Health & Wellness: Firefighter Suicide and the Link to Burnout and Lack of Meaning

April 17, 2024
Matt Coffey tells why the results of a 2022 survey of 253 firefighters indicate that traumatic stress and problems with significant relationships can't remain the only factors that are investigated in regard to firefighter suicidality.

Long shrouded in mystery, firefighter suicide recently emerged as one of the foremost problems in the fire service. Although researchers still build consensus through various studies, firefighters die by suicide at a rate that’s significantly more than the general population. Additionally, some estimates of rates of suicidal ideation for firefighters range as high as eight times that of the general population. These numbers tell us that it’s imperative that we engage with mental health in the fire service.

Burnout and meaning
Recent research confirmed for the fire service and mental health professionals several factors that influence firefighter suicide, including the effects of post-traumatic stress, sleep problems and substance abuse. The potential effect of post-traumatic stress in regard to suicide was recognized for years for police, military veterans, ambulance crews and disaster workers, as are other factors, such as burnout and meaning in life. Burnout for those who work in jobs that help others is defined as the experience of emotional exhaustion, loss of empathy and loss of a sense of personal achievement. Burnout is well known to be linked to depression and suicide in nurses and doctors. Although burnout is not well studied in firefighters, some research from Poland shows that it’s a significant factor in Polish firefighters’ mental health problems.

The idea of meaning in life, often also called purpose, was made famous by the psychiatrist and Holocaust survivor Viktor Frankl. Meaning can be thought of as the “why” to engage in a task or endure suffering. Researcher Evan Kleiman defines meaning as a sense of purpose that’s believed to matter in a way beyond the individual living that life. Although meaning is by its nature subjective, research shows that its presence can serve as a strong protective factor against suicide. Particularly, the protectiveness of meaning often becomes stronger as depression and other mental health issues grow more severe.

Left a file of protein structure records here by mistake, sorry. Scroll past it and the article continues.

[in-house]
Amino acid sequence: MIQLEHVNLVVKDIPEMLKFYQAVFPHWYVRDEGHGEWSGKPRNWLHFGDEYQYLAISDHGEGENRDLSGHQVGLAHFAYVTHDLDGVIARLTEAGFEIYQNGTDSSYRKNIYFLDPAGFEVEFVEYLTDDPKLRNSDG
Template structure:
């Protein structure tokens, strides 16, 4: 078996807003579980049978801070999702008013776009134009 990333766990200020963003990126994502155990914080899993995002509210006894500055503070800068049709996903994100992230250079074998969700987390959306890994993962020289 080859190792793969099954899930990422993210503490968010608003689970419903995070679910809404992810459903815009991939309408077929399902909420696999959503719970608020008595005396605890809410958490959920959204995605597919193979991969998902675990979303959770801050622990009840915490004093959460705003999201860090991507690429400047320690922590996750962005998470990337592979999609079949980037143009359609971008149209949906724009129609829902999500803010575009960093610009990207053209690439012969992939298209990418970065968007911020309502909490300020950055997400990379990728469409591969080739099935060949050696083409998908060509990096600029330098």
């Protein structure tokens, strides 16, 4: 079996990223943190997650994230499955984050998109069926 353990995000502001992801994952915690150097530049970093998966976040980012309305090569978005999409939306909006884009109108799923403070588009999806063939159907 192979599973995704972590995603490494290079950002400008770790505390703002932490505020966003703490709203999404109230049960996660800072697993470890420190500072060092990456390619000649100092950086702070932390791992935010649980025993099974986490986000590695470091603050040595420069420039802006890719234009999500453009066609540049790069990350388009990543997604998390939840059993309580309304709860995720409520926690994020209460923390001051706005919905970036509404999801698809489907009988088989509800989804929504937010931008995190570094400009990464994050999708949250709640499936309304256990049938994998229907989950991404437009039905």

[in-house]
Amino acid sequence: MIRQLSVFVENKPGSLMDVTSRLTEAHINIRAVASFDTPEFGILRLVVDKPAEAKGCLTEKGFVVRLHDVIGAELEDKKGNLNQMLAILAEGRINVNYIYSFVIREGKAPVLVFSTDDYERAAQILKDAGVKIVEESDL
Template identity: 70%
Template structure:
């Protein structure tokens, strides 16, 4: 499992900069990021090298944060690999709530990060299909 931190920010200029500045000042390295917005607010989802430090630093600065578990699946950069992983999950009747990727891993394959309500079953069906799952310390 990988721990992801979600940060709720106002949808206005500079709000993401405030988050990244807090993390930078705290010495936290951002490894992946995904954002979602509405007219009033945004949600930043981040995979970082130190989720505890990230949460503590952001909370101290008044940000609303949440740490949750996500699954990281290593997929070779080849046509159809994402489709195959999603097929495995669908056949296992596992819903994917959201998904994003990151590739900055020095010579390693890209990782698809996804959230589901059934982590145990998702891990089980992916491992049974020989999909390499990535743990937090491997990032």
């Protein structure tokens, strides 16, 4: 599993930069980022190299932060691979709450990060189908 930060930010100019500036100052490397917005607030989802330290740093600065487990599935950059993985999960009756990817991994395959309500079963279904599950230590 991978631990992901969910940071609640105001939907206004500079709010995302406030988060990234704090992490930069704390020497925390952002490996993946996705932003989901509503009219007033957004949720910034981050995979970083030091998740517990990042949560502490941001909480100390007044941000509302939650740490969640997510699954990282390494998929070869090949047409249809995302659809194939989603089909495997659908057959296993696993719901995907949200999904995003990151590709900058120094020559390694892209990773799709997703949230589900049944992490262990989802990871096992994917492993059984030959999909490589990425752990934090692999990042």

In a 2022 study that involved 253 firefighters from several departments in the metropolitan area of a large West Coast city, the significance of burnout, workload and meaning in firefighters was explored. Specifically, the study measured participant responses to measures of suicidality, burnout, meaning, call volume, secondary traumatic stress and relational belongingness.

Suicidality is an umbrella term that includes suicidal ideation and past suicide attempts. The 2022 study measured suicidality via a questionnaire that was designed to measure risk for suicide. The basic question that guided the study: How significant are burnout and lack of meaning for influencing firefighter suicidality? The study also compared the influence of meaning and burnout versus trauma exposure on suicide risk.

The resulting statistical analysis showed several important trends that might be useful to better understand how to combat firefighter suicide. Most troubling, 27 percent of the participants were classified as at high risk for suicide. This result echoes other research that points to elevated suicidal behaviors among firefighters.

Also troubling, 33 percent of the participants reported that they contemplated suicide sometime in the previous year. This rate starkly contrasts with the estimated rate of 14.3 percent for lifetime suicidal ideation in the general population. Additionally, suicidality scores were linked more strongly to burnout and meaning than they were to secondary traumatic stress. Although trauma is real, it had less influence on suicidal ideation or past attempts of those who responded to the survey than either burnout or lack of meaning had.